You’ve gotta eat — that’s just a fact. But anyone who’s ever prepared an elaborate feast for a family gathering or reveled in a comforting bowl of pasta after a stressful day can tell you that eating is about so much more than just fueling our bodies and getting the nutrients we need.
For some people, eating is about braving danger to taste the rarest delicacies the world has to offer. For these thrill seekers, an innocuous omelet or an innocent sandwich isn’t enough.
Let’s take a look at some of the world’s most deadly delicacies that people actually eat:
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Found in temperate and sub-tropical regions, elderberries are small with a dark red or black tint. They have a luscious appearance. One must be very careful when foraging for elderberries. They may be delicious, but they also pose a serious threat for those unaware of their properties. Their leaves, stems, and seeds contain cyanide, a deadly chemical with a toxic effect on the body when consumed above the body’s level of tolerance. Severe illness and nausea are symptoms of toxicity from elderberries. With that said, they have many medicinal properties, and are usually safe to eat when ripe and cooked properly. Cooking the berries helps neutralize their toxic properties and enhances their flavor.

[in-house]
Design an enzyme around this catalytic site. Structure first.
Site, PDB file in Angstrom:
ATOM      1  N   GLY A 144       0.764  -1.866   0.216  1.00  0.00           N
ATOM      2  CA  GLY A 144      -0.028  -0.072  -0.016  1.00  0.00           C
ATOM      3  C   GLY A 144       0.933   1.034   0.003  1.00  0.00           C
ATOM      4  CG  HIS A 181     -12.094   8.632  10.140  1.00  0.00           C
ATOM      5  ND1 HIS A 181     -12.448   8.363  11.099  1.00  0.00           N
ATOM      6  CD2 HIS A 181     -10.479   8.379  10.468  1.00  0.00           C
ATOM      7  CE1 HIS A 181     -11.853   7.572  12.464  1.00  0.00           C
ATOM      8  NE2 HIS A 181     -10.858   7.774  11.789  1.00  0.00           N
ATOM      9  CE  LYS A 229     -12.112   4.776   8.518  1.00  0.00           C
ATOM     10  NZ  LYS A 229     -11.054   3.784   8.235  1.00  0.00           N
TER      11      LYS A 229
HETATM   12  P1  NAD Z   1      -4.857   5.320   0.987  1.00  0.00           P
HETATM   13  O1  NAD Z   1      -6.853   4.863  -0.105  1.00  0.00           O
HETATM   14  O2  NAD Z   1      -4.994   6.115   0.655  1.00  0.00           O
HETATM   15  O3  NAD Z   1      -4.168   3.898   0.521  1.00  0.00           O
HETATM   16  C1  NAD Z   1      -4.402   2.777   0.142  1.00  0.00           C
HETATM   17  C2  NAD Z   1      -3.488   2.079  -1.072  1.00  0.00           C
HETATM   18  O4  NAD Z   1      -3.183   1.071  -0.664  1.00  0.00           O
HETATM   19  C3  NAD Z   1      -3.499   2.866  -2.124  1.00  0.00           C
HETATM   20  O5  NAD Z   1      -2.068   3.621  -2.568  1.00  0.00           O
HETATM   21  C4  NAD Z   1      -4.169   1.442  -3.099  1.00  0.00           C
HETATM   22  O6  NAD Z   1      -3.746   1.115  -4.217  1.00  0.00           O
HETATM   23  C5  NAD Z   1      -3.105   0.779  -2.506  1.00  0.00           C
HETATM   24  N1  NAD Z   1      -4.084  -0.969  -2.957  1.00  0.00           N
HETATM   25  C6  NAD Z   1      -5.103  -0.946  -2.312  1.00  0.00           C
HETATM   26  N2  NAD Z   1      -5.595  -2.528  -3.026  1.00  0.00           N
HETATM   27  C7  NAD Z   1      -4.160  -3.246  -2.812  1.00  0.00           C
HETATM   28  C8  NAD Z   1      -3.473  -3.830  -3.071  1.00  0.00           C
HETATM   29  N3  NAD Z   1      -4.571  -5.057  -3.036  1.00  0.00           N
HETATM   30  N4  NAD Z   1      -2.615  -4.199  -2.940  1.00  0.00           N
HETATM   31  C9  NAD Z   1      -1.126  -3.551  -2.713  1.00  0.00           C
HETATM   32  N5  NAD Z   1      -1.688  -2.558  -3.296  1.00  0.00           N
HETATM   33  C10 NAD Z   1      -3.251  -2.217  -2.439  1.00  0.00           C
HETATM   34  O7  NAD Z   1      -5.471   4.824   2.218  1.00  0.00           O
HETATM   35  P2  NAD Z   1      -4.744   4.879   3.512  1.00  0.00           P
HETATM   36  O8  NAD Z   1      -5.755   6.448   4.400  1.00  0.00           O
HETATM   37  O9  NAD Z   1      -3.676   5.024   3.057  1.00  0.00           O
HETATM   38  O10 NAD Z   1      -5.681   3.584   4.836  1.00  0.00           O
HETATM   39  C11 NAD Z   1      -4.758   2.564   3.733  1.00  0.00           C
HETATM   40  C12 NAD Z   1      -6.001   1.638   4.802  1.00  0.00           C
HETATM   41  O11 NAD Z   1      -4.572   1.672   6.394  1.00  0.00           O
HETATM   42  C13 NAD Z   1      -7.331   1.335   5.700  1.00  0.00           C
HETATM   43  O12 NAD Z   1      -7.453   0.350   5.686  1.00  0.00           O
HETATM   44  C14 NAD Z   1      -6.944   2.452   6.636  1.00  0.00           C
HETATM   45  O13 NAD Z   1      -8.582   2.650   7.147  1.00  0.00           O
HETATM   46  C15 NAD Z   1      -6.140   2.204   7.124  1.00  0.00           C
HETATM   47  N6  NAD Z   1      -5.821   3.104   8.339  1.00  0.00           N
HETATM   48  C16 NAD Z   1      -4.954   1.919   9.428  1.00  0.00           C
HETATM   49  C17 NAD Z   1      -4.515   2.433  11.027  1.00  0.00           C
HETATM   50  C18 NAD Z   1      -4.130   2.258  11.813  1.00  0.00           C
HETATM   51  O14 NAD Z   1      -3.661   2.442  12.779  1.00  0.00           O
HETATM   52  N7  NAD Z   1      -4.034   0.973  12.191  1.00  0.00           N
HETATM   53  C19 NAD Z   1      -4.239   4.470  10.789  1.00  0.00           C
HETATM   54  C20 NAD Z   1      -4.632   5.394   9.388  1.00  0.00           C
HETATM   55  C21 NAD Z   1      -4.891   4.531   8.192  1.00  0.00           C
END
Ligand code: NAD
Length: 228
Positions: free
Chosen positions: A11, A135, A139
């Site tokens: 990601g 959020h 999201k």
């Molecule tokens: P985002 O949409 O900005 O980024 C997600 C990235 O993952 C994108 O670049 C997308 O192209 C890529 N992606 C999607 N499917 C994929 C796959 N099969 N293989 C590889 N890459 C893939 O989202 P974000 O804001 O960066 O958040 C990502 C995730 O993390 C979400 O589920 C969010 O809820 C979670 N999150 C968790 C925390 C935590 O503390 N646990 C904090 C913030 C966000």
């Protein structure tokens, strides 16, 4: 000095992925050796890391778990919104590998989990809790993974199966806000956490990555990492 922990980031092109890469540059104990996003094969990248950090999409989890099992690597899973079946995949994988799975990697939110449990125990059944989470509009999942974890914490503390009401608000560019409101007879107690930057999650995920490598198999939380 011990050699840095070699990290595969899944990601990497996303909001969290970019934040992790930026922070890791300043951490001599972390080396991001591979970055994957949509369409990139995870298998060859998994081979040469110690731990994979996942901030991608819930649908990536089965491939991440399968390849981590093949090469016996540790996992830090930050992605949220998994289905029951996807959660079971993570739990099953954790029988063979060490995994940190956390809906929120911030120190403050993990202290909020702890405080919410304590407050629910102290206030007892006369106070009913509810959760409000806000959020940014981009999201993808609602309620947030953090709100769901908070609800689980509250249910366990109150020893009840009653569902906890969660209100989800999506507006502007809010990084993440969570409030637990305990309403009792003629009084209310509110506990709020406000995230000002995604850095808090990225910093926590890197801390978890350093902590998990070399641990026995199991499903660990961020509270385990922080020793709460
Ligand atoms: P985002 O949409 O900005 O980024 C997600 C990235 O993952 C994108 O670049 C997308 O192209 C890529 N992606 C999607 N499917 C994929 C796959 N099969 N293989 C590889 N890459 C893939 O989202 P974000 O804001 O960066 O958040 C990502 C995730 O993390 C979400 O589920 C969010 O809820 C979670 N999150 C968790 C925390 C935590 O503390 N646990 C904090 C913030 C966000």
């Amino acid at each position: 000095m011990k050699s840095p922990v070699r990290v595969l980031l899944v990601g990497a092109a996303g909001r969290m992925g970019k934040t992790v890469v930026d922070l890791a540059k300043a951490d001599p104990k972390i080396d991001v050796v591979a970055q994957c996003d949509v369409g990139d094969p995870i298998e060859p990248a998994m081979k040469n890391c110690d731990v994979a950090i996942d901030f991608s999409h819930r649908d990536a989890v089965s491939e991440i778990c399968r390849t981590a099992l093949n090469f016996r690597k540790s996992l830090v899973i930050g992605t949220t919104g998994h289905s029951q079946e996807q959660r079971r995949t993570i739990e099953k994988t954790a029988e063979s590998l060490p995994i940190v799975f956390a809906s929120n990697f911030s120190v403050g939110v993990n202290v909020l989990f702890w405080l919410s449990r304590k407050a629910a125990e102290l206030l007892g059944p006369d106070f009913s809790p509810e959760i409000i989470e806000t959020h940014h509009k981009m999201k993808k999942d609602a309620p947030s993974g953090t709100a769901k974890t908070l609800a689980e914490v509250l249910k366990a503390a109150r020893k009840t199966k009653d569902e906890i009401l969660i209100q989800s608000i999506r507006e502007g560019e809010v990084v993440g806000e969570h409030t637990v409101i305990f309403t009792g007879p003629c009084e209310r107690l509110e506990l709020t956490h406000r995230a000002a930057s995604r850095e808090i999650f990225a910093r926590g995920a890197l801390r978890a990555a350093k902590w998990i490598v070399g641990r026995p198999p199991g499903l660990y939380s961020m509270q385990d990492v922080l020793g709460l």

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Ackee, Jamaica’s national fruit, is a relative of the popular lychee fruit. Before you go ahead and enjoy ackee and saltfish, Jamaica’s national dish, keep this in mind: ackee pods that have been harvested before they’re ripe contain toxins that can cause vomiting, hypoglycemia and death. The ripened fruit is perfectly safe though.
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To say fugu is a peculiar fish would be an understatement. This fish is notorious for its potential to kill when consumed without proper preparation. Fugu contains a deadly poison called tetrodotoxin, a toxin much more potent than cyanide. This poison causes heart failure and asphyxiation, and its presence within the fish’s internal organs is a defense mechanism to ward off potential predators. Fugu is also known as a type of blowfish, for its ability to puff itself up and expand in size. This is likely an evolutionary mechanism: a wild display to other fish, notifying them it’s the type to be avoided.
Fugu needs delicate preparation by highly trained chefs, and is a popular meal choice among the Japanese. In fact, close to 4,000 different restaurants serve over 10,000 tons of fugu in Japan each year. Preparation is a delicacy and intensive training is required by chefs to gain the certification required to prepare the fish for human consumption.